Cookin’ with My Chinese Gourd

I love trying new things, especially when those things are produce items. I recently picked up a couple new-to-me items at the farmers market, and one of them was a Chinese gourd.

chinese-gourd-calabash

The farmer that sold it to me gave me a little information about it: that it tastes like zucchini, and can be used like zucchini. She also said to peel it, and that it’s good in stir-fries.

This wasn’t enough info for me, and here’s what I learned when I did a little more research: The Chinese gourd is also known as a calabash, and they can come in a variety of shapes and sizes, with some measuring over a yard long. Historians know that they’ve been cultivated for over 8,000 years, although initially, it wasn’t used as a food source. The Chinese gourd that I purchased is young and suitable for eating. But once they mature, they get much harder. At that point, they’re not as appealing as a food source, but they can be hollowed out and dried, making a water-tight vessel. Because of this, Chinese gourds may have been one of the earliest tools our ancestors had for carrying water. They’re sturdy and versatile, and cultures around the world use them for a variety of decorative and practical purposes. They can be carved into everything from sitars and other musical instruments to teacups to pipes. Sherlock Holmes is frequently shown in films and stage plays smoking a calabash pipe.

RANDOM FUN FACT: Calabash comes from the Spanish word calabaza, which means ‘pumpkin’ or ‘gourd’. Calabaza is also the root word for a nearby town, Calabasas, that is a suburban celebrity enclave. Justin Bieber, Dwayne ‘The Rock’ Johnson, Ozzy and Sharon Osbourne, and the Kardashians all call the Calabasas area home.

As a vegetable, Chinese gourd is high in vitamin C and zinc, and also has good amounts of potassium, magnesium, and calcium.

I decided to keep things simple, and do what the farmer suggested: make a stir-fry. First, I cut off the ends and peeled the Chinese gourd, revealing a flesh that’s a very pale green – almost white:

peeling-chinese-gourd-calabash

Then I chopped it into bite sized pieces. You can see that the center of the Chinese gourd has seeds embedded in the flesh, but I just presumed they were edible, since it looks like the inside of a cucumber, and those are edible.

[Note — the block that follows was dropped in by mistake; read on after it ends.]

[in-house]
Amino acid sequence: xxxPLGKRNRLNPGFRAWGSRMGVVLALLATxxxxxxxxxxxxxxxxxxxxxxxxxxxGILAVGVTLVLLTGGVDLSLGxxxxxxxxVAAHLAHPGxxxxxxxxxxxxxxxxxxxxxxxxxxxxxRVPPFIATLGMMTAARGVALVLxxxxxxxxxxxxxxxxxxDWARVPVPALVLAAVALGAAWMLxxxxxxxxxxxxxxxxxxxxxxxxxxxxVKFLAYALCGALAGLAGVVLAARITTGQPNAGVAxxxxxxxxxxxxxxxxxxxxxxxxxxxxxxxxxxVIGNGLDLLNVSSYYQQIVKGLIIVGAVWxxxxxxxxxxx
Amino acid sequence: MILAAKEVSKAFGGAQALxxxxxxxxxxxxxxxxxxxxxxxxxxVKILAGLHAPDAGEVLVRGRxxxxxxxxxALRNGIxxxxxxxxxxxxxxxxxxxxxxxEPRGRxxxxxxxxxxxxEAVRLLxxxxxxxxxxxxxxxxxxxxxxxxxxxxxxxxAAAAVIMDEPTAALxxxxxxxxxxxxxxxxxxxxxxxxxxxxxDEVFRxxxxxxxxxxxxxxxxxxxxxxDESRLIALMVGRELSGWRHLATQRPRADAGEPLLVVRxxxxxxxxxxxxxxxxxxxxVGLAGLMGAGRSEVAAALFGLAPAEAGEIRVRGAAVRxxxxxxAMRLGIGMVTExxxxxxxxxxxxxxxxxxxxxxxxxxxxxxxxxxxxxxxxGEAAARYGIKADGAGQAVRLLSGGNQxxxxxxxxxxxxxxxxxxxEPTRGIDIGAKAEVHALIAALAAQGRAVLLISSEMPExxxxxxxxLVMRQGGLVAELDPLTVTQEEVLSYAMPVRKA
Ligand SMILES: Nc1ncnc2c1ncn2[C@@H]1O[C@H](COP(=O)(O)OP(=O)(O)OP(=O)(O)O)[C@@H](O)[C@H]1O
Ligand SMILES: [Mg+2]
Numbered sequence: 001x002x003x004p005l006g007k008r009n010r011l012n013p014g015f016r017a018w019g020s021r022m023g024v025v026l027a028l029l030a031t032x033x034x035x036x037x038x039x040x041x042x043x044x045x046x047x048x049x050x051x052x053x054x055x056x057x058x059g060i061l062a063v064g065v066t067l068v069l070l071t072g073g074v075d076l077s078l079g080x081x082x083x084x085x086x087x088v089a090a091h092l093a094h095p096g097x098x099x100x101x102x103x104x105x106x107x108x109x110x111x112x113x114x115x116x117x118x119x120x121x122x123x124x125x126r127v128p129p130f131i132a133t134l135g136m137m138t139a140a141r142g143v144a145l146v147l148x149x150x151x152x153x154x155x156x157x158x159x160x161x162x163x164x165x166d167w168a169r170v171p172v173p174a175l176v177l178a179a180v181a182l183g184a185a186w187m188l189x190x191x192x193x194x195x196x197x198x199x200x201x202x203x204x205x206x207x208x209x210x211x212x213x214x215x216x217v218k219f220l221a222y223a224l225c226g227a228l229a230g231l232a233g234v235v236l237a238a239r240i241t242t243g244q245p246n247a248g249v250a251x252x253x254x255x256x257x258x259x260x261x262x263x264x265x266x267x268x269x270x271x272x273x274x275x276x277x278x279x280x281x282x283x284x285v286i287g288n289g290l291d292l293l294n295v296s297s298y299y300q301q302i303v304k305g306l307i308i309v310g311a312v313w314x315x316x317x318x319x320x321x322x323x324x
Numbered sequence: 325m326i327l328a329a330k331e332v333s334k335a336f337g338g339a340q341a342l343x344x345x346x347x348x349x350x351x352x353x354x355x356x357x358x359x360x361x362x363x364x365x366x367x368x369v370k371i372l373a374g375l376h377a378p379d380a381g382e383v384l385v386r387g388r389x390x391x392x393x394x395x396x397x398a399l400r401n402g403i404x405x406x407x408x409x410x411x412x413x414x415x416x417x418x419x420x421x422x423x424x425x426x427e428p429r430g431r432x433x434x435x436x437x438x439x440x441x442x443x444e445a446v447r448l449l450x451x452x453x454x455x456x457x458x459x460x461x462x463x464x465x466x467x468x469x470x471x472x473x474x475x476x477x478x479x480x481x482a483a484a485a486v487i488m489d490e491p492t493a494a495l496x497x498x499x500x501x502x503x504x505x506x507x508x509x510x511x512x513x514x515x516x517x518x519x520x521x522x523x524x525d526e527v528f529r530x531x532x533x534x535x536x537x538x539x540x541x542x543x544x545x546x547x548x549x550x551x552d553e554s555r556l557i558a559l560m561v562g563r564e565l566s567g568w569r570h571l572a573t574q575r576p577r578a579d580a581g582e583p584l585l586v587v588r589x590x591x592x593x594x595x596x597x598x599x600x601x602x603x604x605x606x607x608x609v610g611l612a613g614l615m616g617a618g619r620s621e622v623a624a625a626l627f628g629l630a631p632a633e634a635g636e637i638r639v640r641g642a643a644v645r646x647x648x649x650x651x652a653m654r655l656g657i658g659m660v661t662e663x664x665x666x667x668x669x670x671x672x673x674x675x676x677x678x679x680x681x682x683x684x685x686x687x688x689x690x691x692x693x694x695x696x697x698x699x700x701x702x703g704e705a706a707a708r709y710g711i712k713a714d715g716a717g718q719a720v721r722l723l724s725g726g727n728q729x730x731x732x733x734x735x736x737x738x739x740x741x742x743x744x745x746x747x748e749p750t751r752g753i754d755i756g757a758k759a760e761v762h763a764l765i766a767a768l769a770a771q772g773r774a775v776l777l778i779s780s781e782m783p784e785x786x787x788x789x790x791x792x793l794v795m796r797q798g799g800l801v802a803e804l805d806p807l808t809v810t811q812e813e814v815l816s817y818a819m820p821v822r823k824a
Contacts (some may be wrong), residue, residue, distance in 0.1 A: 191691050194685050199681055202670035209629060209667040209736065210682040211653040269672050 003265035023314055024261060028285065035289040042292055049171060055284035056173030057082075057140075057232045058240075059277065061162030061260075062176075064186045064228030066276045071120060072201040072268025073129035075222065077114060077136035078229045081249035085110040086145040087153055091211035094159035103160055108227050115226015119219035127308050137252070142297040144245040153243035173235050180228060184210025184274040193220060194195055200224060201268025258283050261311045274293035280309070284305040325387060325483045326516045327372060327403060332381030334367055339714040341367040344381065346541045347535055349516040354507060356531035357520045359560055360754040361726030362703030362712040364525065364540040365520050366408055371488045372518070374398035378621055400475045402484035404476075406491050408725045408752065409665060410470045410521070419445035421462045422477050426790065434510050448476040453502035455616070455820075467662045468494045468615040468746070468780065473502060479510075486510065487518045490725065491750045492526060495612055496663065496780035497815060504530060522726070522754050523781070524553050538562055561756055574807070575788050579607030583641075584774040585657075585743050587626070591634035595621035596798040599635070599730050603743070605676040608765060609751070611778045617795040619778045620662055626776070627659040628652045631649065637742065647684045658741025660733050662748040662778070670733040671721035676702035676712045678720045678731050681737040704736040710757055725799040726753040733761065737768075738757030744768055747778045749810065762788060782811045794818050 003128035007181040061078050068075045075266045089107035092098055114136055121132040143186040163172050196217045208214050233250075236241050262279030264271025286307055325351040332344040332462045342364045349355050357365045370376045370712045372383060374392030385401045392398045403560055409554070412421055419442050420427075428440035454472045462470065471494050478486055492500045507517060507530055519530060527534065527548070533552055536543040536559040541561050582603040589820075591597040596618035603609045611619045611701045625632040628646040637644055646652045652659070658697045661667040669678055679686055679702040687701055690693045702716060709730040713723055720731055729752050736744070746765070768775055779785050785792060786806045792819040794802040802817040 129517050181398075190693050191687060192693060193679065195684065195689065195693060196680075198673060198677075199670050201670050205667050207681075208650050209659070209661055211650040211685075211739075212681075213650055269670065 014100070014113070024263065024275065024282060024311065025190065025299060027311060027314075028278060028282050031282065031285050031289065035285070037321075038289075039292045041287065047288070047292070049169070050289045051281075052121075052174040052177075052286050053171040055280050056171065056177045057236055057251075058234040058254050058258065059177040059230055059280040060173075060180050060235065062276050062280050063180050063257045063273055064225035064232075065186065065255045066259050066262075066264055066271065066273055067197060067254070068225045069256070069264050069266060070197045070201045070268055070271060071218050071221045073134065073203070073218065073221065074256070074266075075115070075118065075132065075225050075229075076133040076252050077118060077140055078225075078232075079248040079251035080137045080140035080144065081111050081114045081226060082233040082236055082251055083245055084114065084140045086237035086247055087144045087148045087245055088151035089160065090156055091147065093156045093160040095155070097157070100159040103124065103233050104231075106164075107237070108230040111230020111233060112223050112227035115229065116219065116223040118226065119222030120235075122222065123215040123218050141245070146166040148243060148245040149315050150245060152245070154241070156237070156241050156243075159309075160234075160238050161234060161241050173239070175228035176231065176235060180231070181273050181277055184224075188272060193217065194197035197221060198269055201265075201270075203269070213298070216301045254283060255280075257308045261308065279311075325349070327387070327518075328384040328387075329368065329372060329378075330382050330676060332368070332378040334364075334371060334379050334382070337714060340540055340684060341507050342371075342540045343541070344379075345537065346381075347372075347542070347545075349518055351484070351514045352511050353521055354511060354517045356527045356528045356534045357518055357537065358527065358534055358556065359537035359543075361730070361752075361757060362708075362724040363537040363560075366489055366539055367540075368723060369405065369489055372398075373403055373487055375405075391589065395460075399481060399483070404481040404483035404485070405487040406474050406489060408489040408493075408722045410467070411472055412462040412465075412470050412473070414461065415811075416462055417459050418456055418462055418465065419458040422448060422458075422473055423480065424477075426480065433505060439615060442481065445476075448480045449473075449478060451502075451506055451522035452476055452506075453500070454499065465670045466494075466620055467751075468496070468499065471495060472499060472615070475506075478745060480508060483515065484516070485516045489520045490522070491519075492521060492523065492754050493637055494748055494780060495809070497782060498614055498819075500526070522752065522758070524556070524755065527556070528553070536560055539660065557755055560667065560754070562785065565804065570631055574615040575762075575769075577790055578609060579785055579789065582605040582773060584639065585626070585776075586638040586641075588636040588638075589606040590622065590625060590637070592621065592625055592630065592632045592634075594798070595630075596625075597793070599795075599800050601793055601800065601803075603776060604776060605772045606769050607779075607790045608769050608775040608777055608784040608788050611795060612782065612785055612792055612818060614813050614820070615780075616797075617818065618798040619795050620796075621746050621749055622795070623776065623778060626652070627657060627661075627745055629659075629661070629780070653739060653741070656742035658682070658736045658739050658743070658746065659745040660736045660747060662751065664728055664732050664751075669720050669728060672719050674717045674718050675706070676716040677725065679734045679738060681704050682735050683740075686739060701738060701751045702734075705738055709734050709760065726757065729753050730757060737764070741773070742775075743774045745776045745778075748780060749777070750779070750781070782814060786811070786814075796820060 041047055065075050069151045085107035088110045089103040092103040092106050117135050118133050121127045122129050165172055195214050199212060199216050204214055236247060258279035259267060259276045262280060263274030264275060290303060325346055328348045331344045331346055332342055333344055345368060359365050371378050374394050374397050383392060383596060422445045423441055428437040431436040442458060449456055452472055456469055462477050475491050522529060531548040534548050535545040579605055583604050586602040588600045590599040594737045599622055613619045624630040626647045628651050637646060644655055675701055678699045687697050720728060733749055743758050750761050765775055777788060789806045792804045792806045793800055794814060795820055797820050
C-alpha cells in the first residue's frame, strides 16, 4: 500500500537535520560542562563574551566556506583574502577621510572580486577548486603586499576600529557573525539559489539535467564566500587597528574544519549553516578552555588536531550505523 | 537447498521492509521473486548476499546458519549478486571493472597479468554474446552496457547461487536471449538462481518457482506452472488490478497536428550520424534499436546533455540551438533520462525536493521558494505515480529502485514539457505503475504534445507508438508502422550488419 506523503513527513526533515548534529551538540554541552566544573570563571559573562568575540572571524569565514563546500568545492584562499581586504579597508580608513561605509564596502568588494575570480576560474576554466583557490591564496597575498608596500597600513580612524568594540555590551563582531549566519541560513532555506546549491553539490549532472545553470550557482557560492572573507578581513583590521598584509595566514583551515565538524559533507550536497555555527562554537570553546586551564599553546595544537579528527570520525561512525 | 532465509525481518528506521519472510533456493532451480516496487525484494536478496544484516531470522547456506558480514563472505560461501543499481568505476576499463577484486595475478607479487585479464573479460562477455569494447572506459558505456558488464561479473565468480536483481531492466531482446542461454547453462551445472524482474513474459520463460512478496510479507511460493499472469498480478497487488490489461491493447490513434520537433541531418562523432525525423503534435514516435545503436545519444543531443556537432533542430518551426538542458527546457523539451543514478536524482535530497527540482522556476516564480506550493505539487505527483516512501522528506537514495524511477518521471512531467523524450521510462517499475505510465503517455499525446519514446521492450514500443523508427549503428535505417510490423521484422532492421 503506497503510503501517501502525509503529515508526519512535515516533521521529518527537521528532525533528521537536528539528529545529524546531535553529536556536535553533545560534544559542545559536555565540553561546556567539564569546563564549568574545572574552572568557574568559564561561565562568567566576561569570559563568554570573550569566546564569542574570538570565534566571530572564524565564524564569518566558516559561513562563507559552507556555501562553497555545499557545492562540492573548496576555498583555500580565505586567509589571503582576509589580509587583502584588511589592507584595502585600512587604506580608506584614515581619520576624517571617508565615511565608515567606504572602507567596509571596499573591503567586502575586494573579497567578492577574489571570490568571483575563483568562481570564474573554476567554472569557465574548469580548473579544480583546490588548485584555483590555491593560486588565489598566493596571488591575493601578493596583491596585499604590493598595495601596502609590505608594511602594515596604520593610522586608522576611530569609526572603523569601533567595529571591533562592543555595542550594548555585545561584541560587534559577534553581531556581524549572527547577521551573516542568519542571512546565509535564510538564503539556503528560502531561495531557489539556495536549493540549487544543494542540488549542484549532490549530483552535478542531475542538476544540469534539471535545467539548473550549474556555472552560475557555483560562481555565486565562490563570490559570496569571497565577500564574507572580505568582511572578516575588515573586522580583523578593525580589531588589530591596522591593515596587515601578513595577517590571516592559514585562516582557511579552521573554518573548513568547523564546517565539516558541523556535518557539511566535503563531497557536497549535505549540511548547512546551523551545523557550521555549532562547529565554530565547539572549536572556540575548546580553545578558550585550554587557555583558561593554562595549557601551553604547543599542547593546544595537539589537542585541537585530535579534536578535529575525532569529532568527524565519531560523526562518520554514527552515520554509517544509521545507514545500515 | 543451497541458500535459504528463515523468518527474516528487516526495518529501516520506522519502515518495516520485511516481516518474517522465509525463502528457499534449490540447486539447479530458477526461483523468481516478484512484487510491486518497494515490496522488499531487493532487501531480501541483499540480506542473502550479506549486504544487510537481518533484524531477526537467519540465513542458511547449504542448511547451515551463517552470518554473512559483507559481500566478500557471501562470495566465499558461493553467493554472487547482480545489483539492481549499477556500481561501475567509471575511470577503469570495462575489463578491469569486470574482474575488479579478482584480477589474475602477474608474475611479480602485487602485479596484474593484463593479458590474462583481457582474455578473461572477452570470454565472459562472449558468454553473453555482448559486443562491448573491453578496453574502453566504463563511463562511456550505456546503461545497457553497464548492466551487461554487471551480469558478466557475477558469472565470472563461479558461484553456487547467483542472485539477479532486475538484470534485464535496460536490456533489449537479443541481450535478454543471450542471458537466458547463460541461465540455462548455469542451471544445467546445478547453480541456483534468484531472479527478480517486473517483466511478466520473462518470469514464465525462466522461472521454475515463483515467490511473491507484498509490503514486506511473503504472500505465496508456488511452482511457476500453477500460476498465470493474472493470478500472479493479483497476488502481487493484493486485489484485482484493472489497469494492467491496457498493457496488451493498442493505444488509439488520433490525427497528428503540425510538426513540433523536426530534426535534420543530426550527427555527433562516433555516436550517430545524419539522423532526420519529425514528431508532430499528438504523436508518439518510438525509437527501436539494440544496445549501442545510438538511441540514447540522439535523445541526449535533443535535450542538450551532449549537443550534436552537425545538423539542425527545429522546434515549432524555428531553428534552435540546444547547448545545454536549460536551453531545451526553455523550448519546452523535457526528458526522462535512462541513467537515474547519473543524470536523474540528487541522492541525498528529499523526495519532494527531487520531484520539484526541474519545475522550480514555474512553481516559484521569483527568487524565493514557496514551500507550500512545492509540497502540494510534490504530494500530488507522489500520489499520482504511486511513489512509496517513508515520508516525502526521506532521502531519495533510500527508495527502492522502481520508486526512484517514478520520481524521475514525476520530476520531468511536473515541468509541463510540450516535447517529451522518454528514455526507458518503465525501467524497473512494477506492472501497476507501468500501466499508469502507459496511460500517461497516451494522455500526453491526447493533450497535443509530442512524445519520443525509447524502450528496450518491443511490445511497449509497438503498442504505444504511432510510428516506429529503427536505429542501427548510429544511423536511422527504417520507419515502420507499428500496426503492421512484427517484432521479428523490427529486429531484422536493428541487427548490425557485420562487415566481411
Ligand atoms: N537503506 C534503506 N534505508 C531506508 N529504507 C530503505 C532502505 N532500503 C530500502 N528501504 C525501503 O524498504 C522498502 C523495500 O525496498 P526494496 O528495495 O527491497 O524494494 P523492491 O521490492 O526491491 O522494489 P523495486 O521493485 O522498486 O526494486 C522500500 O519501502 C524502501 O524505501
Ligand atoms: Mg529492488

chop-chinese-gourd-calabash

I like eating zucchini raw, even though some people don’t like that at all, and I tried a couple pieces of raw Chinese gourd. The farmer was right – it tastes like zucchini. But it was a little heartier – starchier, perhaps? – and I didn’t care for it raw.

I also chopped up the spring onions and Brussel sprouts that I bought at the farmers market. Here are the spring onions:

chop-spring-onions

They’re scallions that are allowed to grow much bigger. You can eat the dark green parts, but they’re super-strong in onion flavor, so I left them out, as I had plenty of light-green and white parts to work with.

When I loaded up the skillet, I started by slicking the pan with some Pam and laying all the Brussel sprouts cut-side down. I like when Brussels get a good sear and some brown color on their cut side.

brussel-sprouts-skillet

I piled the onion and Chinese gourd on top, and after a few minutes, started stirring everything up.

Meanwhile, I coated a second, smaller skillet with some Pam and heated it to medium.  I used that skillet to cook about a dozen shrimp. I used a separate skillet because 1) the shrimp were frozen, and I didn’t want the water they’d release in my dish, and 2) shrimp cook in a few minutes, and I didn’t want to try to guess when I should add them to the veggies so everything would finish at the same time.

Once everything was cooked, I turned off the heat to both skillets, tossed the shrimp in with the veggies, and added some lite balsamic vinaigrette as a sauce. I tossed it all together to get a easy, tasty, healthy meal:

chinese-gourd-shrimp-stir-fry

The Chinese gourd, when cooked, held its shape well and tasted just like zucchini. I couldn’t tell the difference at all. Here’s a close-up, along with a nicely-seared Brussel:

chinese-gourd-stir-fry-close

I wish I had made a little rice or quinoa or something. This would’ve been tasty with a carb of some sort. But that’s really the only thing I’d do differently next time. I had a ton of veggies left over, so I ended up cooking the rest of my shrimp, and threw it all together in a Tupperware in the fridge. Maybe I’ll cook up a carb when I eat the leftovers.

I actually can’t wait to enjoy the leftovers… and that’s a sign that I made a good meal!

Keep it up, David!

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2 Responses to Cookin’ with My Chinese Gourd

  1. Laura says:

    I didn’t know calabash was a word in English! I know the word calabaza to mean squash in Spanish (Mexico). Cool.

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